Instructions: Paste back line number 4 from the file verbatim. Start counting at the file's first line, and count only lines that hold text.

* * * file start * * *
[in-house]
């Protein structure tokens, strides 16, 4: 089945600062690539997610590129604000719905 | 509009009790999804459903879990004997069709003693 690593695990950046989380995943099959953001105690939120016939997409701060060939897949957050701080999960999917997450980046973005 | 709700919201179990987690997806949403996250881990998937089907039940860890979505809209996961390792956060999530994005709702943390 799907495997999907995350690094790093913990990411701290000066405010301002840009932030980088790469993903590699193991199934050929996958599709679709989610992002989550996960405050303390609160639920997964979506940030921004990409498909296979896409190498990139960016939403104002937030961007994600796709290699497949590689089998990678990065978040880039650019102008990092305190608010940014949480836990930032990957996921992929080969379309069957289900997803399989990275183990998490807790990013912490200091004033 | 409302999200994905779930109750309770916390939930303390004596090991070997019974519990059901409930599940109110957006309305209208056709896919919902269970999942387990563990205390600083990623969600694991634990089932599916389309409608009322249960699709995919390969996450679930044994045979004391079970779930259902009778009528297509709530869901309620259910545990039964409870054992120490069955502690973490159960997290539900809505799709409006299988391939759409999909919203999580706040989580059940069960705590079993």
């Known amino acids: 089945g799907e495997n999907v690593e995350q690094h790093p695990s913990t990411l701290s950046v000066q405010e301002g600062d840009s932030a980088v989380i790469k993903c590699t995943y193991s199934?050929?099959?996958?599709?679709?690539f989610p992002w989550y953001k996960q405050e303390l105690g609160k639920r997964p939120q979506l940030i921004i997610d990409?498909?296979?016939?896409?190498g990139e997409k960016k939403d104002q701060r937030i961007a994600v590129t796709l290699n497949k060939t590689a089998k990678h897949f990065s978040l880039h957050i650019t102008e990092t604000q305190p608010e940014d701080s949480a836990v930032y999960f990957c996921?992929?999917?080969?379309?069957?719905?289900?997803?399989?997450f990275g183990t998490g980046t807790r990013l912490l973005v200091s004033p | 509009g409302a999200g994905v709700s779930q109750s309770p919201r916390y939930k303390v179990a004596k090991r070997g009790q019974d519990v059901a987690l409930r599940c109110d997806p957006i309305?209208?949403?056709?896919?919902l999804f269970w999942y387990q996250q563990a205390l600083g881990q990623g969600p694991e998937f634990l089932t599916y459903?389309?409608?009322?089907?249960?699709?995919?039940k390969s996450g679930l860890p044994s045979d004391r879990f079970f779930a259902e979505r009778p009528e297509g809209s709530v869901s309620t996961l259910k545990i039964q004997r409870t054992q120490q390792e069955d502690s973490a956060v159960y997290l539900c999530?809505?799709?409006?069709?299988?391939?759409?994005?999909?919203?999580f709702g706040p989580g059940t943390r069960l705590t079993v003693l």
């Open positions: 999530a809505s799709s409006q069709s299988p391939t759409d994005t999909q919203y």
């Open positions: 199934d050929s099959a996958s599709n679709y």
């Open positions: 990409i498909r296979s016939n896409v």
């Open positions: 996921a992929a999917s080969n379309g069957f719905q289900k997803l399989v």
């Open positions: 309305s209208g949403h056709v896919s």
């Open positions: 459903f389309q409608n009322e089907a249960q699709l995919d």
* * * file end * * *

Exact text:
């Open positions: 999530a809505s799709s409006q069709s299988p391939t759409d994005t999909q919203y």